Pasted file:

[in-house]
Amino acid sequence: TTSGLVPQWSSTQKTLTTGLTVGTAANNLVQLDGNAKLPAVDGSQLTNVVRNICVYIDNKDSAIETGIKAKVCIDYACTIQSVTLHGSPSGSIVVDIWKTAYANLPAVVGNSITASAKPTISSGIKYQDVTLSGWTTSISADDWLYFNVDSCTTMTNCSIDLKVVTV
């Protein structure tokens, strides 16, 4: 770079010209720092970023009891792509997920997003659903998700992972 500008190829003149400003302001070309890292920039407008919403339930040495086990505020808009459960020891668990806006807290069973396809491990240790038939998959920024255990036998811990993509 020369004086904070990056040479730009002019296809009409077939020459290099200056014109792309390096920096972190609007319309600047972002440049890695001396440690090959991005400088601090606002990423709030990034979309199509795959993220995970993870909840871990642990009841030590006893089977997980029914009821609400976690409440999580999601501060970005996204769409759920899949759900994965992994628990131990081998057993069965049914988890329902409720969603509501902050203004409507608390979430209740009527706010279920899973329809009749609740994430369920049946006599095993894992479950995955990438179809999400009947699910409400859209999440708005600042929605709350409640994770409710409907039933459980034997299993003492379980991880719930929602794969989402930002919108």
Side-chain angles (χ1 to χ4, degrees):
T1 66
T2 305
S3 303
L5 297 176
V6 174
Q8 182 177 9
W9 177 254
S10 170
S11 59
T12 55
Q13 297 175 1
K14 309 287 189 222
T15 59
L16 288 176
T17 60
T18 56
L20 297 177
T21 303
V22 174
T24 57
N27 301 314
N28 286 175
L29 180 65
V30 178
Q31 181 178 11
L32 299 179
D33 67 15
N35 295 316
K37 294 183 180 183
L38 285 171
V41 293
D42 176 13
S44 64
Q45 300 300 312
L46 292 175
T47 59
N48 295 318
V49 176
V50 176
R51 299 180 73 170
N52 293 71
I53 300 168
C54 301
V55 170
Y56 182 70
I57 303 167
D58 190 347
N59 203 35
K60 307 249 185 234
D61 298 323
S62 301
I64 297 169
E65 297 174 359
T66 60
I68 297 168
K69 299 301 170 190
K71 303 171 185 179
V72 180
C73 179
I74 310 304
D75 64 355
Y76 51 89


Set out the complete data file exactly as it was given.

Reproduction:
[in-house]
Amino acid sequence: TTSGLVPQWSSTQKTLTTGLTVGTAANNLVQLDGNAKLPAVDGSQLTNVVRNICVYIDNKDSAIETGIKAKVCIDYACTIQSVTLHGSPSGSIVVDIWKTAYANLPAVVGNSITASAKPTISSGIKYQDVTLSGWTTSISADDWLYFNVDSCTTMTNCSIDLKVVTV
């Protein structure tokens, strides 16, 4: 770079010209720092970023009891792509997920997003659903998700992972 500008190829003149400003302001070309890292920039407008919403339930040495086990505020808009459960020891668990806006807290069973396809491990240790038939998959920024255990036998811990993509 020369004086904070990056040479730009002019296809009409077939020459290099200056014109792309390096920096972190609007319309600047972002440049890695001396440690090959991005400088601090606002990423709030990034979309199509795959993220995970993870909840871990642990009841030590006893089977997980029914009821609400976690409440999580999601501060970005996204769409759920899949759900994965992994628990131990081998057993069965049914988890329902409720969603509501902050203004409507608390979430209740009527706010279920899973329809009749609740994430369920049946006599095993894992479950995955990438179809999400009947699910409400859209999440708005600042929605709350409640994770409710409907039933459980034997299993003492379980991880719930929602794969989402930002919108």
Side-chain angles (χ1 to χ4, degrees):
T1 66
T2 305
S3 303
L5 297 176
V6 174
Q8 182 177 9
W9 177 254
S10 170
S11 59
T12 55
Q13 297 175 1
K14 309 287 189 222
T15 59
L16 288 176
T17 60
T18 56
L20 297 177
T21 303
V22 174
T24 57
N27 301 314
N28 286 175
L29 180 65
V30 178
Q31 181 178 11
L32 299 179
D33 67 15
N35 295 316
K37 294 183 180 183
L38 285 171
V41 293
D42 176 13
S44 64
Q45 300 300 312
L46 292 175
T47 59
N48 295 318
V49 176
V50 176
R51 299 180 73 170
N52 293 71
I53 300 168
C54 301
V55 170
Y56 182 70
I57 303 167
D58 190 347
N59 203 35
K60 307 249 185 234
D61 298 323
S62 301
I64 297 169
E65 297 174 359
T66 60
I68 297 168
K69 299 301 170 190
K71 303 171 185 179
V72 180
C73 179
I74 310 304
D75 64 355
Y76 51 89